Unhealthy Snacks Continue to Be Sold in US Schools

September 1, 2008

Public secondary schools continue to offer snacks and beverages that compete with more healthy U.S. Department of Agriculture school meal program items, despite recommendations from the Institute of Medicine to restrict the availability of unhealthy competitive foods in schools, according to an article published in the Aug. 29 issue of the U.S. Centers for Disease Control and Prevention's Morbidity and Mortality Weekly Report.

MONDAY, Sept. 1 (HealthDay News) -- Public secondary schools continue to offer snacks and beverages that compete with more healthy U.S. Department of Agriculture school meal program items, despite recommendations from the Institute of Medicine to restrict the availability of unhealthy competitive foods in schools, according to an article published in the Aug. 29 issue of the U.S. Centers for Disease Control and Prevention's Morbidity and Mortality Weekly Report.

Nancy Brener, Ph.D., of the National Center for Chronic Disease Prevention and Health Promotion in Atlanta, analyzed data on 36 states and 12 large urban school districts from the 2006 School Health Profiles for public secondary schools in order to find out the types of competitive foods available in school canteens and from vending machines and school stores. The researchers also compared 2006 and 2004 data in 24 states and nine large urban school districts.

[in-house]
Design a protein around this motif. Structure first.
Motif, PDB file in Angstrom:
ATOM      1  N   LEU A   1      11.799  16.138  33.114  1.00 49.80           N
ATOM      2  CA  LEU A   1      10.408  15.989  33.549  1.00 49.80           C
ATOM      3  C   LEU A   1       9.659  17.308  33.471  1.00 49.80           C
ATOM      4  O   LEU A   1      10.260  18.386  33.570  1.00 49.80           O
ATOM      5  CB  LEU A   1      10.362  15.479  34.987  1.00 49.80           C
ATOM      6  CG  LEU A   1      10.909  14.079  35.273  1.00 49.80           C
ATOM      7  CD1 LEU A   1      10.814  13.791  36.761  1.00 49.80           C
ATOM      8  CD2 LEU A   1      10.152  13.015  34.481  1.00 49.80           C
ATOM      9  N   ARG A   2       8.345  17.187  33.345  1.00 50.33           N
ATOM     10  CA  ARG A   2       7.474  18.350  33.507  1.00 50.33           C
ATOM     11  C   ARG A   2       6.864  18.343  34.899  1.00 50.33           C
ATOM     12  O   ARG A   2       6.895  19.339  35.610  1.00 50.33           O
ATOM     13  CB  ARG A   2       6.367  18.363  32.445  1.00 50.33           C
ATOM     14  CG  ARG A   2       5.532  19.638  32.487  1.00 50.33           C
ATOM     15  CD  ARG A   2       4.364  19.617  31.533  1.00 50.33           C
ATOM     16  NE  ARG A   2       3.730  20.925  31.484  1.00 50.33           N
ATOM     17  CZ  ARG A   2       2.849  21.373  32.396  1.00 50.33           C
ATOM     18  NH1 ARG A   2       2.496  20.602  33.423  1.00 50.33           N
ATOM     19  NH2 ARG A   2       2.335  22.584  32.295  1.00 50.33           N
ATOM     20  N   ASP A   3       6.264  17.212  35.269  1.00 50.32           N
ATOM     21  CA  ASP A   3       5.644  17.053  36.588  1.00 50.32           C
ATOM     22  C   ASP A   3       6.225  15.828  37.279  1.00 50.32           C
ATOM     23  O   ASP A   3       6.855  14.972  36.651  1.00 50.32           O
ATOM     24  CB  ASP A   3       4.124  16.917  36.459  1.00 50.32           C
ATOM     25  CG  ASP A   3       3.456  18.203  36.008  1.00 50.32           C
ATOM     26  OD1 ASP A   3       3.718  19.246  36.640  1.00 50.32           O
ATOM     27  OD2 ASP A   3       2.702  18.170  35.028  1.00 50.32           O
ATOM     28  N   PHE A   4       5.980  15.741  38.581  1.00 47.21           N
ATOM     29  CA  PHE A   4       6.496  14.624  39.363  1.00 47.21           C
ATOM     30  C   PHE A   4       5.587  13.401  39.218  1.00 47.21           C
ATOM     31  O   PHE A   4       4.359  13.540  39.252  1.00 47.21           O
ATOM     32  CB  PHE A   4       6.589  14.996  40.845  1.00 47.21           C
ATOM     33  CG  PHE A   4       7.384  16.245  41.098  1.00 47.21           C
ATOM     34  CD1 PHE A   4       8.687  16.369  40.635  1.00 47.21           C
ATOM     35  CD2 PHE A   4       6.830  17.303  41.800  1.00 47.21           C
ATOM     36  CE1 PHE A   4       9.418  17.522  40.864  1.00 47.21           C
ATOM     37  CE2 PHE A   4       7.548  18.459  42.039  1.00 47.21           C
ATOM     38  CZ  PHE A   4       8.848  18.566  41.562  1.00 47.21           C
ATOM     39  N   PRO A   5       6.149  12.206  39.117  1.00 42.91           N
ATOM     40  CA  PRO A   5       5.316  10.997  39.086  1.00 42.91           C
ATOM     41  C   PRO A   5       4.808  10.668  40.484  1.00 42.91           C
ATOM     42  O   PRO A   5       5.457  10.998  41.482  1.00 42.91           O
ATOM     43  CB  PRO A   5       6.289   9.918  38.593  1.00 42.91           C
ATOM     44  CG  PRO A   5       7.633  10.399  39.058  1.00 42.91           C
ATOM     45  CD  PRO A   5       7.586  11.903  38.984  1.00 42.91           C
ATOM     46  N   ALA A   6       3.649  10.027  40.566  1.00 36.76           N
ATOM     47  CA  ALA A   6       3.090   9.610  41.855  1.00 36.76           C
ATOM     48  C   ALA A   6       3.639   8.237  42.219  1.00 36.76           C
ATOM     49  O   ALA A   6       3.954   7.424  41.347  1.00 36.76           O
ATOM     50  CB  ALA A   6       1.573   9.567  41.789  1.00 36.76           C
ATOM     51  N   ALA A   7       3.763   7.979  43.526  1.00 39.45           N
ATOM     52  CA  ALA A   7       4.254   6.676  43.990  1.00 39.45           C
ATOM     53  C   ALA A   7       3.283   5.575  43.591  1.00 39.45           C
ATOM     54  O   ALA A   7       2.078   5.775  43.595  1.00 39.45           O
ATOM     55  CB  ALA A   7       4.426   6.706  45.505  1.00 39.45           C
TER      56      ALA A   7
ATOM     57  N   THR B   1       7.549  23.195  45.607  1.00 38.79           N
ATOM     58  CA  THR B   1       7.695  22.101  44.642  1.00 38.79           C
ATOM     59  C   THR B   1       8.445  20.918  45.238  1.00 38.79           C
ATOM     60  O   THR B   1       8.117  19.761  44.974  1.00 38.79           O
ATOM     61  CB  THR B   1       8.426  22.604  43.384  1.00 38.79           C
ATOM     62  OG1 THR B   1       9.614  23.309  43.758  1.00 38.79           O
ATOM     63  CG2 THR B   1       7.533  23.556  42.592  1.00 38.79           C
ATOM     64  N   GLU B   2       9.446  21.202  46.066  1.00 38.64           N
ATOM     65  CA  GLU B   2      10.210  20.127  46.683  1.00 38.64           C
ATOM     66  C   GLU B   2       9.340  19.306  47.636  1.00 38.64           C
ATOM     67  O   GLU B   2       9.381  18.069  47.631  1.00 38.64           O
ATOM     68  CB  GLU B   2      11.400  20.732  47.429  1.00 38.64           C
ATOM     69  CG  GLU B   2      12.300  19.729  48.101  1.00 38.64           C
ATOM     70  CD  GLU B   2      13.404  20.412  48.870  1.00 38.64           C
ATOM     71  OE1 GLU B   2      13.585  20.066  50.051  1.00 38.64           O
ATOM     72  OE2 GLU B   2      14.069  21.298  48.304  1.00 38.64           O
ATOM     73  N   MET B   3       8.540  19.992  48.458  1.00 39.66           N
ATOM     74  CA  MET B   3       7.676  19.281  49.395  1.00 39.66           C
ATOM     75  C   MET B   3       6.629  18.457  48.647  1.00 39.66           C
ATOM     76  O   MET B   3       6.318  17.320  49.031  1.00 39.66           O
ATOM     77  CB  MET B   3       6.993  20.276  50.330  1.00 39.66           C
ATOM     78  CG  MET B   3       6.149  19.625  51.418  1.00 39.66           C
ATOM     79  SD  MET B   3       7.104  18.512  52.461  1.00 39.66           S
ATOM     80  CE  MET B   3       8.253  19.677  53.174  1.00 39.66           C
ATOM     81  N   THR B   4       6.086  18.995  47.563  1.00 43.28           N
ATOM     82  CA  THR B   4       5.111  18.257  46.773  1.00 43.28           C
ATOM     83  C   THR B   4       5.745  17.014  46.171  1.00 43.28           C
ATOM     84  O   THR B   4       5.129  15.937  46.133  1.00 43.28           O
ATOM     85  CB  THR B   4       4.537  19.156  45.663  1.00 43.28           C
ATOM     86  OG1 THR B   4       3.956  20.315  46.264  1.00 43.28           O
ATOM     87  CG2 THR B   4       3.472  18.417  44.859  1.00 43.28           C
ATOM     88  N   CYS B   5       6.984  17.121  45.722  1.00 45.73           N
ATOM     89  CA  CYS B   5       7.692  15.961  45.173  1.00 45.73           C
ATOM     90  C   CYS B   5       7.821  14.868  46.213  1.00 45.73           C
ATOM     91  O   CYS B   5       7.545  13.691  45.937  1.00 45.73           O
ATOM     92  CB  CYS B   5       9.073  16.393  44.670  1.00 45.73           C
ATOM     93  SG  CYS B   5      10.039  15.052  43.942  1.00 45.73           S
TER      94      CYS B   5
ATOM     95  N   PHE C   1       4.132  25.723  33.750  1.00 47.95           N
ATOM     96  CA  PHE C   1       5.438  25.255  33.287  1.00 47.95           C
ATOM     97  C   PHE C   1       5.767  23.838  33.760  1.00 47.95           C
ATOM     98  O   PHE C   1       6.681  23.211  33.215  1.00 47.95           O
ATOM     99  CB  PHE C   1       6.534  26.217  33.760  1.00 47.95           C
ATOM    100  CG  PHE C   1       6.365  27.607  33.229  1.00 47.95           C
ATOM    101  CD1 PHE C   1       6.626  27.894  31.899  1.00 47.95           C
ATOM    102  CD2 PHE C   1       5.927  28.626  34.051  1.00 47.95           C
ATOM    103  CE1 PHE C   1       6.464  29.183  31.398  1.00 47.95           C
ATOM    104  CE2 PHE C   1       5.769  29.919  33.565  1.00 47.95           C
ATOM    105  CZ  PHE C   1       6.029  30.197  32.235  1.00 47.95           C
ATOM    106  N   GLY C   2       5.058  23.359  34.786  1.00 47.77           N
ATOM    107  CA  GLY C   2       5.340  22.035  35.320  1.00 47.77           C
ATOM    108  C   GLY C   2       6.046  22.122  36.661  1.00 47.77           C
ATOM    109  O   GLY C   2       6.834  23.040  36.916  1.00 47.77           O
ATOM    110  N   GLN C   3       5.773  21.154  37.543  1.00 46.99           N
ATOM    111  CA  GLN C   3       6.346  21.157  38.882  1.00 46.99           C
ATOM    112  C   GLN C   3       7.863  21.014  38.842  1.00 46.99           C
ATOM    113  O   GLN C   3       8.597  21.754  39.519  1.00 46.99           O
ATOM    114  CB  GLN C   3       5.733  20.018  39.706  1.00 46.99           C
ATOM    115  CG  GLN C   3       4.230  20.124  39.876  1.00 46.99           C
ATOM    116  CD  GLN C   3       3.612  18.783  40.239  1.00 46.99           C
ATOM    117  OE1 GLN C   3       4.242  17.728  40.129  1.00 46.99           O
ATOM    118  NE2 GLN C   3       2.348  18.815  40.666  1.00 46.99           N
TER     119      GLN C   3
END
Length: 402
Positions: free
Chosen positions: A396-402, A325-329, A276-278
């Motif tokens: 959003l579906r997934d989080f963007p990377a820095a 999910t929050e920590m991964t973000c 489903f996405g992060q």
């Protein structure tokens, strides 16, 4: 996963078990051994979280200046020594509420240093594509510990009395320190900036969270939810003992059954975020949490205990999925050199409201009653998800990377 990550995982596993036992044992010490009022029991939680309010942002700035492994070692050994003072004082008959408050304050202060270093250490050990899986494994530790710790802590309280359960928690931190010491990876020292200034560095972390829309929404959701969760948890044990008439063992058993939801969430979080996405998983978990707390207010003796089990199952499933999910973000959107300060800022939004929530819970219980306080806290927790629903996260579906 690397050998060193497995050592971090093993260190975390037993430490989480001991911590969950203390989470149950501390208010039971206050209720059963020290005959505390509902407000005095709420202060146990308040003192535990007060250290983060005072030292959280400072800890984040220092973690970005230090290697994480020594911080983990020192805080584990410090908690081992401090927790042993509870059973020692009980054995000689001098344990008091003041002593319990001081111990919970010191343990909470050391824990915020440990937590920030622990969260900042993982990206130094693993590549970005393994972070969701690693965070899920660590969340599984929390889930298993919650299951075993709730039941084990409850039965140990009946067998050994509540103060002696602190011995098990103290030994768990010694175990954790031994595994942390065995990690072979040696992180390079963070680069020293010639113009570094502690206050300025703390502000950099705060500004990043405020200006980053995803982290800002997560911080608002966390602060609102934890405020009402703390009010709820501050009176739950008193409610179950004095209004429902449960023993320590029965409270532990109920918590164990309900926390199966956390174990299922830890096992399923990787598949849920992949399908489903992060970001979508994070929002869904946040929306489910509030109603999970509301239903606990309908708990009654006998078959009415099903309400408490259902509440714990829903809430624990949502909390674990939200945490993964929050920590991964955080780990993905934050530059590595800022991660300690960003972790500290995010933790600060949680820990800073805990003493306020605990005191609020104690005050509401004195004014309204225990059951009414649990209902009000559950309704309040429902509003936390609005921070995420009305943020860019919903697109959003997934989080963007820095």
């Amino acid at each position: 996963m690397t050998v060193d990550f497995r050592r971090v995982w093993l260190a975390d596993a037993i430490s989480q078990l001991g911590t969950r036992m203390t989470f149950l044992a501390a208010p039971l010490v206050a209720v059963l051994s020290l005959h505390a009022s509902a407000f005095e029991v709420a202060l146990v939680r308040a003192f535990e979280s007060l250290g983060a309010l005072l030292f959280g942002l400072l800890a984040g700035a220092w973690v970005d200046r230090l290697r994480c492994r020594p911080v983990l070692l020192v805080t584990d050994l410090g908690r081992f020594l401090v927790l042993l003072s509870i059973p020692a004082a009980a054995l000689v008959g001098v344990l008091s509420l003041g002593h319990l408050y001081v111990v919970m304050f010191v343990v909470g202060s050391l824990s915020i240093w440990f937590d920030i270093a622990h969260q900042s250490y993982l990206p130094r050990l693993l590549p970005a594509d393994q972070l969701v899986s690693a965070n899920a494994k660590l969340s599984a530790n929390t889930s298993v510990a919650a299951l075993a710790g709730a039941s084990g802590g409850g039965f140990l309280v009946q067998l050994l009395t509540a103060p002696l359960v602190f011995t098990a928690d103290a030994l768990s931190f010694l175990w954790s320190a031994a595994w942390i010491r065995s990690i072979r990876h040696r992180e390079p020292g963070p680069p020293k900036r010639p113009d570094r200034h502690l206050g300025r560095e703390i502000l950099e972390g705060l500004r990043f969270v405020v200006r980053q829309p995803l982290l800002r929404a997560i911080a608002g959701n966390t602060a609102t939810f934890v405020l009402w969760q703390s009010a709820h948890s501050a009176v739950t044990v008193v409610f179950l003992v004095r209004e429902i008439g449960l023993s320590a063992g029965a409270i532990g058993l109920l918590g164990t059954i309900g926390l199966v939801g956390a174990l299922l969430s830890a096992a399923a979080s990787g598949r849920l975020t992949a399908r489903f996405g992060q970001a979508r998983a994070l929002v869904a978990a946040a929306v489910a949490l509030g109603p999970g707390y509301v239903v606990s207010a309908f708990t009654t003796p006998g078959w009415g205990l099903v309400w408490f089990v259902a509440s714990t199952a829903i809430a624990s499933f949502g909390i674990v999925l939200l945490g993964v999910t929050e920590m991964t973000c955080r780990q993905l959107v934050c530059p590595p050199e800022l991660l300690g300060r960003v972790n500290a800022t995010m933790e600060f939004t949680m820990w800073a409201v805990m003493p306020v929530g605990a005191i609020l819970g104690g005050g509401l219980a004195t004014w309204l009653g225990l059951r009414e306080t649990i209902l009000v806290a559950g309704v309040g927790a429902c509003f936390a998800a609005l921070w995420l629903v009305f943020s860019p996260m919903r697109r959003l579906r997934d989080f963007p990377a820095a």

Although from 2004 to 2006 there was a decrease in the mean percentage of schools giving students access to chocolate candy and salty snacks that are not low fat, they still offered foodstuffs that compete with school meals and are less nutritious, the report indicates.

"School and public health officials should work together with families to provide foods and beverages at school that follow the Institute of Medicine recommendations," the authors write.

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